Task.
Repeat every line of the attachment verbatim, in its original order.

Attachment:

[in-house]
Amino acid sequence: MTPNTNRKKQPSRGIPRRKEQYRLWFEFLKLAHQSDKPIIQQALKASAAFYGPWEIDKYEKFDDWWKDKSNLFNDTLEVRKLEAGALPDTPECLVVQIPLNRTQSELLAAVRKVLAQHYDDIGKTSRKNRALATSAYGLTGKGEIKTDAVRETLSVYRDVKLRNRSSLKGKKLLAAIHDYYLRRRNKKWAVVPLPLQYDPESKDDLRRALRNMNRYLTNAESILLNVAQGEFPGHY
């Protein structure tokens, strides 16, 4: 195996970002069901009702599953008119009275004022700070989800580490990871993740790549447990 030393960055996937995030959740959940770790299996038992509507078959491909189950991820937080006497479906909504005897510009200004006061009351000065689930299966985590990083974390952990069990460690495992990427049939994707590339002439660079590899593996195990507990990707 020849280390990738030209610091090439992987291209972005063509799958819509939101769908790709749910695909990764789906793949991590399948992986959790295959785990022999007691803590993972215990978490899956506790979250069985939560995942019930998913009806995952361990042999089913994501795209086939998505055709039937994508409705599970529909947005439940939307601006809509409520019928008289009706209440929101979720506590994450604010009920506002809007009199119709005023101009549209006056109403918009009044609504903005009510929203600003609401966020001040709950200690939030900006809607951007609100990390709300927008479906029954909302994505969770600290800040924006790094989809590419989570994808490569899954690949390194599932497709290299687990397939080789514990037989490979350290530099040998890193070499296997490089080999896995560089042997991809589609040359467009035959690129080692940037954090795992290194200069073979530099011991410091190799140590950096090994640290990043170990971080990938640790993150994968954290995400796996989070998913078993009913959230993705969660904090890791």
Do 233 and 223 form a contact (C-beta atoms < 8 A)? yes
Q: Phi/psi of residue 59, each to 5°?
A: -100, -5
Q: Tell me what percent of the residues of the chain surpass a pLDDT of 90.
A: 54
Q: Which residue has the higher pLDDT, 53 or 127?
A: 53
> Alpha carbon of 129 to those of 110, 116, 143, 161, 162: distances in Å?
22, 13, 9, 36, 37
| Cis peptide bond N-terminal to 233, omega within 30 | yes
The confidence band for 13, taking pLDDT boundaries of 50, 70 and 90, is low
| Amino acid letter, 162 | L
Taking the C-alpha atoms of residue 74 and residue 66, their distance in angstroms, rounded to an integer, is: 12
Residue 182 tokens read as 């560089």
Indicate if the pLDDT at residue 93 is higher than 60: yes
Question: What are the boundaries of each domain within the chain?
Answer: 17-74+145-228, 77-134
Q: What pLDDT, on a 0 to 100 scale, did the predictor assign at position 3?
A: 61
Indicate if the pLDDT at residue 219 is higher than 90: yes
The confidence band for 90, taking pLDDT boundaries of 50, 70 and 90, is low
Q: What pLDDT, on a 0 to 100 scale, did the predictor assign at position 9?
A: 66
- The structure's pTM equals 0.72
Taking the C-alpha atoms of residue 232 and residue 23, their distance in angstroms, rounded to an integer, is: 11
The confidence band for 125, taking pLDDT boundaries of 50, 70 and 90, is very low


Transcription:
[in-house]
Amino acid sequence: MTPNTNRKKQPSRGIPRRKEQYRLWFEFLKLAHQSDKPIIQQALKASAAFYGPWEIDKYEKFDDWWKDKSNLFNDTLEVRKLEAGALPDTPECLVVQIPLNRTQSELLAAVRKVLAQHYDDIGKTSRKNRALATSAYGLTGKGEIKTDAVRETLSVYRDVKLRNRSSLKGKKLLAAIHDYYLRRRNKKWAVVPLPLQYDPESKDDLRRALRNMNRYLTNAESILLNVAQGEFPGHY
């Protein structure tokens, strides 16, 4: 195996970002069901009702599953008119009275004022700070989800580490990871993740790549447990 030393960055996937995030959740959940770790299996038992509507078959491909189950991820937080006497479906909504005897510009200004006061009351000065689930299966985590990083974390952990069990460690495992990427049939994707590339002439660079590899593996195990507990990707 020849280390990738030209610091090439992987291209972005063509799958819509939101769908790709749910695909990764789906793949991590399948992986959790295959785990022999007691803590993972215990978490899956506790979250069985939560995942019930998913009806995952361990042999089913994501795209086939998505055709039937994508409705599970529909947005439940939307601006809509409520019928008289009706209440929101979720506590994450604010009920506002809007009199119709005023101009549209006056109403918009009044609504903005009510929203600003609401966020001040709950200690939030900006809607951007609100990390709300927008479906029954909302994505969770600290800040924006790094989809590419989570994808490569899954690949390194599932497709290299687990397939080789514990037989490979350290530099040998890193070499296997490089080999896995560089042997991809589609040359467009035959690129080692940037954090795992290194200069073979530099011991410091190799140590950096090994640290990043170990971080990938640790993150994968954290995400796996989070998913078993009913959230993705969660904090890791």
Do 233 and 223 form a contact (C-beta atoms < 8 A)? yes
Q: Phi/psi of residue 59, each to 5°?
A: -100, -5
Q: Tell me what percent of the residues of the chain surpass a pLDDT of 90.
A: 54
Q: Which residue has the higher pLDDT, 53 or 127?
A: 53
> Alpha carbon of 129 to those of 110, 116, 143, 161, 162: distances in Å?
22, 13, 9, 36, 37
| Cis peptide bond N-terminal to 233, omega within 30 | yes
The confidence band for 13, taking pLDDT boundaries of 50, 70 and 90, is low
| Amino acid letter, 162 | L
Taking the C-alpha atoms of residue 74 and residue 66, their distance in angstroms, rounded to an integer, is: 12
Residue 182 tokens read as 């560089």
Indicate if the pLDDT at residue 93 is higher than 60: yes
Question: What are the boundaries of each domain within the chain?
Answer: 17-74+145-228, 77-134
Q: What pLDDT, on a 0 to 100 scale, did the predictor assign at position 3?
A: 61
Indicate if the pLDDT at residue 219 is higher than 90: yes
The confidence band for 90, taking pLDDT boundaries of 50, 70 and 90, is low
Q: What pLDDT, on a 0 to 100 scale, did the predictor assign at position 9?
A: 66
- The structure's pTM equals 0.72
Taking the C-alpha atoms of residue 232 and residue 23, their distance in angstroms, rounded to an integer, is: 11
The confidence band for 125, taking pLDDT boundaries of 50, 70 and 90, is very low